Senator Edward Kennedy’s many inspiring messages include: “Let us at long last make the basic right to health care a reality for all.” And at the Democratic National Convention last summer: “This is the cause of my life — new hope that we will break the old gridlock and guarantee that every American — north, south, east, west, young, old — will have decent, quality health care as a fundamental right and not a privilege.”
Lessons for policymakers will endure, and, as Robert Creamer argues in the Huffington Post, the most fitting tribute to Kennedy would be if we now stopped "debating the fundamental principle that all of us deserve the same quality health care – no matter how much we earn, or who our parents are, or where we live, or the color of our skin, or how old or sick we may be. That principle is accepted worldwide as a central element of what it means to live in a civilized society. It is a core tenant of what we understand to be universal human rights."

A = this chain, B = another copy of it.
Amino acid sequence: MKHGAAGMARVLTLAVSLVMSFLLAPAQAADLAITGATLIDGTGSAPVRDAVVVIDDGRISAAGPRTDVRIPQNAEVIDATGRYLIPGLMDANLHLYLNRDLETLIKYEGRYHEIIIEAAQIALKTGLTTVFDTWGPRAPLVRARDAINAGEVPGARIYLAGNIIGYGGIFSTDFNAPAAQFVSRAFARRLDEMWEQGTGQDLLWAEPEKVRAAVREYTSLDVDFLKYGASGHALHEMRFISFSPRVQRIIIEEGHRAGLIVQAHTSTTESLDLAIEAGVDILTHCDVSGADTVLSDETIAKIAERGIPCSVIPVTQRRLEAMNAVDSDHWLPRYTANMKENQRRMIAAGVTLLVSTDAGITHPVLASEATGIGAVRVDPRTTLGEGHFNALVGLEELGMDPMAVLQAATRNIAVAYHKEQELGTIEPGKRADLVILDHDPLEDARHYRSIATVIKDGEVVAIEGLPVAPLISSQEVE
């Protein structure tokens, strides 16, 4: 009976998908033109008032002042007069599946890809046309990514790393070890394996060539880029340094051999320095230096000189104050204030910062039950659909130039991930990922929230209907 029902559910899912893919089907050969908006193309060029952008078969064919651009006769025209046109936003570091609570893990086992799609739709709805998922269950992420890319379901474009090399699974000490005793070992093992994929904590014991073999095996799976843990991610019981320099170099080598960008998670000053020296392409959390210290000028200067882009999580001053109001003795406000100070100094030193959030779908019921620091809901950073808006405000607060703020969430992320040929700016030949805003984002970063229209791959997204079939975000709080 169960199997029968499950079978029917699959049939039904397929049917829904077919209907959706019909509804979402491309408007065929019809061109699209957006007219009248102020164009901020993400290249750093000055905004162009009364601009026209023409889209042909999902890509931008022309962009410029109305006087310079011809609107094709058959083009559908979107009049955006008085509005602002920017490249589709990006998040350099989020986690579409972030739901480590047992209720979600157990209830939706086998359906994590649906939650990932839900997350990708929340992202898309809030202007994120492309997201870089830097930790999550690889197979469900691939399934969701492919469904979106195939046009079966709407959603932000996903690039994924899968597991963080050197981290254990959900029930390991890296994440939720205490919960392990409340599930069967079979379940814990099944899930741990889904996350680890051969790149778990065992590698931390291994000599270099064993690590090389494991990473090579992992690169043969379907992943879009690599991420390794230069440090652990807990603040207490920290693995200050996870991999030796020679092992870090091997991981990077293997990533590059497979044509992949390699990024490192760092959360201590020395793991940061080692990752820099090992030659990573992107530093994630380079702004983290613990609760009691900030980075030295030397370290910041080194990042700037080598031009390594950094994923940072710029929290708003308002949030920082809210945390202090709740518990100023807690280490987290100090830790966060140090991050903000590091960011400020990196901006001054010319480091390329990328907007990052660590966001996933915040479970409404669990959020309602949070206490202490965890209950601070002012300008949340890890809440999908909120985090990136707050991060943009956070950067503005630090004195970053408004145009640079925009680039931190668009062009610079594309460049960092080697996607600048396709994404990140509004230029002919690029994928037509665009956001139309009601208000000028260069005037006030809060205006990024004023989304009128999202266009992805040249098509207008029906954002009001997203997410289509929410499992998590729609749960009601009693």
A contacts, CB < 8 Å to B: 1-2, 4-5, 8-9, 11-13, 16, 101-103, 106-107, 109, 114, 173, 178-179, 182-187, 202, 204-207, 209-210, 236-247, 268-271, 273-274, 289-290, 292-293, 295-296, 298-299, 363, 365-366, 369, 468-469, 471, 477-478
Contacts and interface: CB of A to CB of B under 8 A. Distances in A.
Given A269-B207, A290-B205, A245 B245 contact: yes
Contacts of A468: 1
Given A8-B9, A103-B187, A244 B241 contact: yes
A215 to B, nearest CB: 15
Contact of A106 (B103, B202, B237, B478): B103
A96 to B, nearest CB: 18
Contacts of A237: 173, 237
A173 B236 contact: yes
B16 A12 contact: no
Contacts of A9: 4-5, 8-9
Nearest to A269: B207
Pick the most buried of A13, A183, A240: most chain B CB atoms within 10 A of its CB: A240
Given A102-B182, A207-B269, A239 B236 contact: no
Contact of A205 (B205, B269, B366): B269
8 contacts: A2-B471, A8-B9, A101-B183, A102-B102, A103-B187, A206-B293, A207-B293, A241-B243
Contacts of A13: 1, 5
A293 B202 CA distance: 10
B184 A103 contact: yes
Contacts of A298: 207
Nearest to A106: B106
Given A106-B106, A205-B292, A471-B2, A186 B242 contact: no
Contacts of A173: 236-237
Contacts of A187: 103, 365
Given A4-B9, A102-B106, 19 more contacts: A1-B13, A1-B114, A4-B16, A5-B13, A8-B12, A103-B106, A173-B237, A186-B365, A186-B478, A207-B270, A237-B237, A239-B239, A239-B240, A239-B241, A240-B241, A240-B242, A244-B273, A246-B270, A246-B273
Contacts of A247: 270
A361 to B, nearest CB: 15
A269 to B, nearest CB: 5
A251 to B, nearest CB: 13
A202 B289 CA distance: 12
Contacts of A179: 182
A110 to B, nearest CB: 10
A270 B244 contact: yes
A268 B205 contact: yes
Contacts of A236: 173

Read the rest of Creamers’ powerful post here.